Skip to main content
Open Access Publications from the University of California

UC San Diego

UC San Diego Electronic Theses and Dissertations bannerUC San Diego

Spinal toll-like receptors and nociceptive processing


Chronic pain affects billions and billions of people worldwide and its underlying mechanisms responsible are vast and poorly understood. Both neural and immune mechanisms play a role in the development and maintenance of chronic pain. Toll-like receptors (TLRs) are a family of receptors that play a key role in the innate immune system, many of which are associated with foreign bodies or genomic material derived from pathogens. Additionally, TLRs are also activated by endogenous cell components secondary to cell death, endocytosis, and inflammatory tissue damage. Although TLRs are widely known to play a role in the response to infectious processes, current work indicates the presence of endogenous TLRs in the nervous system, particularly on non-neuronal, glial cells. These non-neuronal, glial cells are mechanistically involved in regulating local system excitability secondary to high intensity afferent input and nerve injury. This organization suggests that TLRs may play a role in mediating spinal sensitization initiated by peripheral stimulation. I aim to characterize the role of spinal TLRs and define their contribution to the spinal processing of nociceptive information. Organizing hypothesis : Following nerve injury, the activation of TLRs contributes to spinal sensitization due to their direct activation of non- neuronal cells and the resulting release of central pain mediators. Additionally, TLRs and their signaling intermediaries, or adaptor proteins, determine the recovery pathway after initial insult. To investigate the above hypotheses, I will utilize both in vitro and in vivo models and will undertake experiments to address three primary aims : (1) Determine which TLRs present on primary astrocyte and microglial cells initiate glial activation, as assessed by cytokine and interferon release; (2) Determine the role of spinal TLRs in the facilitated pain state and the contribution of specific TLR adaptor proteins following acute pain; (3) Establish the role of TLR activation in the associated hyperalgesia produced by peripheral nerve injury, and assess glial activation and contribution of adaptor proteins to this hyperalgesic state. Taken together these studies will define the role of the several TLRs in regulating dorsal horn excitability leading to behaviorally defined changes in pain processing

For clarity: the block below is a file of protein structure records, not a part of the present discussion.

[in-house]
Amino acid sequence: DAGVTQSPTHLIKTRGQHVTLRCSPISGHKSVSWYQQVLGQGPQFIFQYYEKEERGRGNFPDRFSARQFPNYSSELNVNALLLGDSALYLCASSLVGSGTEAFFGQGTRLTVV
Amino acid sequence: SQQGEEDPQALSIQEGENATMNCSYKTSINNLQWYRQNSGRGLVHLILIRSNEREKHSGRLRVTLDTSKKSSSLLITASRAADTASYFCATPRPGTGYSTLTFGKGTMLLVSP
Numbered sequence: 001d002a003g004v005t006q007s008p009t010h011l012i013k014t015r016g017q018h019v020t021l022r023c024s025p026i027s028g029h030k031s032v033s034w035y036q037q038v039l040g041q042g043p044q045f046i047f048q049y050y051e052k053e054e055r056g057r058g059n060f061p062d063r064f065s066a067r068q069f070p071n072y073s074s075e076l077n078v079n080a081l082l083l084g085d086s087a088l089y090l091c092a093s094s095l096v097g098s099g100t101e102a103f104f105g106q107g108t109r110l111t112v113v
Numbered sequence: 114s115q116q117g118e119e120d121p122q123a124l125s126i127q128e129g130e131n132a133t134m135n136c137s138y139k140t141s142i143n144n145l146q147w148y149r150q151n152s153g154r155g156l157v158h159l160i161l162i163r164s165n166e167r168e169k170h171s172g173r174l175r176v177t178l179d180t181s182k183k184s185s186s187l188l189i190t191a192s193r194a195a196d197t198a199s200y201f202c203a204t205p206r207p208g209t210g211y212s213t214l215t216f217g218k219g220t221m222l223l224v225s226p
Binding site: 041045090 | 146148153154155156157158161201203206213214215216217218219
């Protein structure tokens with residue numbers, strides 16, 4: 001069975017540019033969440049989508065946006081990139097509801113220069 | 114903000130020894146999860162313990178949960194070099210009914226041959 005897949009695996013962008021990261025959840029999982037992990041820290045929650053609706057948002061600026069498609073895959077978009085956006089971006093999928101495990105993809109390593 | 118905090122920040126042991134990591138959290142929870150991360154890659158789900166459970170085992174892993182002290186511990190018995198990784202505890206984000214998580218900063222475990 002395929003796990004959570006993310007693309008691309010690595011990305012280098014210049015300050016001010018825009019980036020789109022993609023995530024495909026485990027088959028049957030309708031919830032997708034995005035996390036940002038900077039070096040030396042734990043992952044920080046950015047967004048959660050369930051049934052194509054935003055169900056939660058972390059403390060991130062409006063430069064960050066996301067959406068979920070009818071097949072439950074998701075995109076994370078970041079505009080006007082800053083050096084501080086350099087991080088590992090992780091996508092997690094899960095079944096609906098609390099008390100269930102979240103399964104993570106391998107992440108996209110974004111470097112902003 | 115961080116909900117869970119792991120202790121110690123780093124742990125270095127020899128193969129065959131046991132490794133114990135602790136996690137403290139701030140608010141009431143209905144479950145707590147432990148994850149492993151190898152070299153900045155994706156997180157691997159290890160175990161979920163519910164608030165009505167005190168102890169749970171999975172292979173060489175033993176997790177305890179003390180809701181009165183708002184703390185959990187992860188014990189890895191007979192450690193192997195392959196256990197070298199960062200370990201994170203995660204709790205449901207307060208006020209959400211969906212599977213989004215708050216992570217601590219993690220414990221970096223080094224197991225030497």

Main Content
For improved accessibility of PDF content, download the file to your device.
Current View